Senate higher education committee chairman Joel Villanueva on Thursday said the board examinations must remain, despite the struggles faced by the Professional Regulation Commission (PRC) in holding certification tests amid the COVID-19 pandemic, to ensure the quality of professionals produced by the country.
“Despite our disappointment with how the PRC has been failing our graduates with the way they’ve postponed and pushed back scheduled board exams since last year, it is very clear to us that the professional certification exams such as the various boards exam must remain,” Villanueva said.
He further pointed out that graduates cannot practice their profession if they are not board-certified.
“It is the final ‘quality control’ check before we allow graduates to practice a profession which depends on the lives of the people—like physicians—or safety of buildings, like engineers. If tech-voc graduates, like mechanics who fix cars, require TESDA certification, how much more for doctors who will repair hearts?” he asked.
Villanueva said he has filed Senate Resolution No. 661 to help the PRC identify ways of conducting board exams amid the ongoing pandemic.
He also noted that under the PRC Modernization Law of 2000, the commission must shift to full-computerization of all licensure examinations by 2003.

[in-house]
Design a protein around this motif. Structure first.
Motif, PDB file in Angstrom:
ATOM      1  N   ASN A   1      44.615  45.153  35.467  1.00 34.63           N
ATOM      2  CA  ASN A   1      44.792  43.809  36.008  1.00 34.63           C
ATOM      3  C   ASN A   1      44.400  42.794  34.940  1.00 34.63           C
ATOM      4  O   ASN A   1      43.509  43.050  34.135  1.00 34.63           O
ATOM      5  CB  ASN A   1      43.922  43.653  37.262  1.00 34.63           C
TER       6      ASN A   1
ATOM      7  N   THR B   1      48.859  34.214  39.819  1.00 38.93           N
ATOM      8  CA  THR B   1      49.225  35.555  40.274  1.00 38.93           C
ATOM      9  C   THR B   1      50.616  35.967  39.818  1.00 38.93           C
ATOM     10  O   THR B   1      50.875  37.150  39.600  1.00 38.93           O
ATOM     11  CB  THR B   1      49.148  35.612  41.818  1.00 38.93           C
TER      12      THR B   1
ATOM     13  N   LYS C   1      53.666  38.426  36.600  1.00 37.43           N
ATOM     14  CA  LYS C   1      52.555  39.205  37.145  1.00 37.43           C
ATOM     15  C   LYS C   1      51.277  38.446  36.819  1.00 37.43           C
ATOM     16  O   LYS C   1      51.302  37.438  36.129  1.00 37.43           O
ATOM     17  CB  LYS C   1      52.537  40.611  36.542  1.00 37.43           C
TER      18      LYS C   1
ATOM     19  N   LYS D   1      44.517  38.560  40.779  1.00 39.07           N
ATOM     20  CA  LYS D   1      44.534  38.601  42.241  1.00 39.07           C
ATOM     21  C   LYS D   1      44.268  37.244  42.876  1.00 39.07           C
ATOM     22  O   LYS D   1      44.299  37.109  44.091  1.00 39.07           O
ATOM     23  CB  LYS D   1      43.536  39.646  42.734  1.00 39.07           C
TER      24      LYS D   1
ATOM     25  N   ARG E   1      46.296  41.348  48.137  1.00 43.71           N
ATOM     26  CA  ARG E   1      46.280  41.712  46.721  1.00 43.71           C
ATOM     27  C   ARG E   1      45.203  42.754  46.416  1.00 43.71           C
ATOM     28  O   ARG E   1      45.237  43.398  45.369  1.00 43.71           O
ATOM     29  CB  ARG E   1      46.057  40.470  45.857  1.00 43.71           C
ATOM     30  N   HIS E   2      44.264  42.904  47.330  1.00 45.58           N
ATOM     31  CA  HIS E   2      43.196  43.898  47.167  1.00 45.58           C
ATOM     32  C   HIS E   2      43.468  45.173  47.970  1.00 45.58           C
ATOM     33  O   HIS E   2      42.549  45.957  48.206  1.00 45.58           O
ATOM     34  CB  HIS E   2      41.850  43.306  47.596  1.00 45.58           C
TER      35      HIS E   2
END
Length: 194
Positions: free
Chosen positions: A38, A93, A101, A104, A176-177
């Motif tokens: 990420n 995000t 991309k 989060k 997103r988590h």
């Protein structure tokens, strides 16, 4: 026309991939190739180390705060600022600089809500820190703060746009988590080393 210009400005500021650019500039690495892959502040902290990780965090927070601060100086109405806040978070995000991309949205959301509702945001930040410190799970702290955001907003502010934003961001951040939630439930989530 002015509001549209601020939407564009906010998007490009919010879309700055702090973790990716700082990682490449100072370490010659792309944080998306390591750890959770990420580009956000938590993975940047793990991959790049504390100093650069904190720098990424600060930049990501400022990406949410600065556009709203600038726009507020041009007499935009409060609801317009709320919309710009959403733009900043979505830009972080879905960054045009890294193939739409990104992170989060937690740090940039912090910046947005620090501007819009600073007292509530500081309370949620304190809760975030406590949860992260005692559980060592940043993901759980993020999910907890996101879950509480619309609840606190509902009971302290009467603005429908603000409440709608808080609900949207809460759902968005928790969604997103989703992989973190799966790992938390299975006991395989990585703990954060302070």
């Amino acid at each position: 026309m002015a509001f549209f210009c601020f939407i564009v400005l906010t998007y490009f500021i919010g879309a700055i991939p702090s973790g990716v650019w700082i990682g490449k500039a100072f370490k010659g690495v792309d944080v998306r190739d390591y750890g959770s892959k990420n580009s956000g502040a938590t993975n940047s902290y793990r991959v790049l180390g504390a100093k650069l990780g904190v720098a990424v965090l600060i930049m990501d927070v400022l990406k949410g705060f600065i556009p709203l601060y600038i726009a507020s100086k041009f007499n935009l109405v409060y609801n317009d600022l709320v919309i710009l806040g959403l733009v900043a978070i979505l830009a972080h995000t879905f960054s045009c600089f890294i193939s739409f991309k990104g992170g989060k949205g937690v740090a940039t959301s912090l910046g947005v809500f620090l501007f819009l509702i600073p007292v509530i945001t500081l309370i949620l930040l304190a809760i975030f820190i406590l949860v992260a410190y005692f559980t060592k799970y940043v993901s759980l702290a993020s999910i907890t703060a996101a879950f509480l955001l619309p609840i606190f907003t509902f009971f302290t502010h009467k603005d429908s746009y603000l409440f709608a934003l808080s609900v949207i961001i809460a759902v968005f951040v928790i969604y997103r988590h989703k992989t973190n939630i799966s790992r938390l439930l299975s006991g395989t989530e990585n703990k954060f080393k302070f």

“Computerization will also help disaster-proof our professional licensure system, as typhoons and floods often wreak havoc on testing schedules and sites,” he said.
The lawmaker underscored that the failed implementation of the computerized board exams is now “haunting” the students who are set to graduate in 2020.
“We think there is a lot of room for improvement for the PRC, and to address the problems, we need to evaluate suggestions. If our professional regulatory laws need amending, we’re ready to buckle down to work,” Villanueva said.
The Senate higher education chairman also said that he understands the sentiment of Labor Secretary Silvestre Bello III that there should be urgent reforms in the conduct of licensure exams.
“But we cannot totally remove the certifying process because it will be unfair to our people, and is a betrayal of their trust, as they expect their government to test the knowledge of these professionals if they are indeed qualified to practice,” the lawmaker said.
“The repercussions of this proposal, if adopted, will also harm the OFW brand, as many of them were able to land jobs abroad because of a good reputation of having been properly certified,” he added.
Commission on Higher Education chairman Prospero De Vera III said scrapping licensure exams should be based on empirical data. — BM, GMA News
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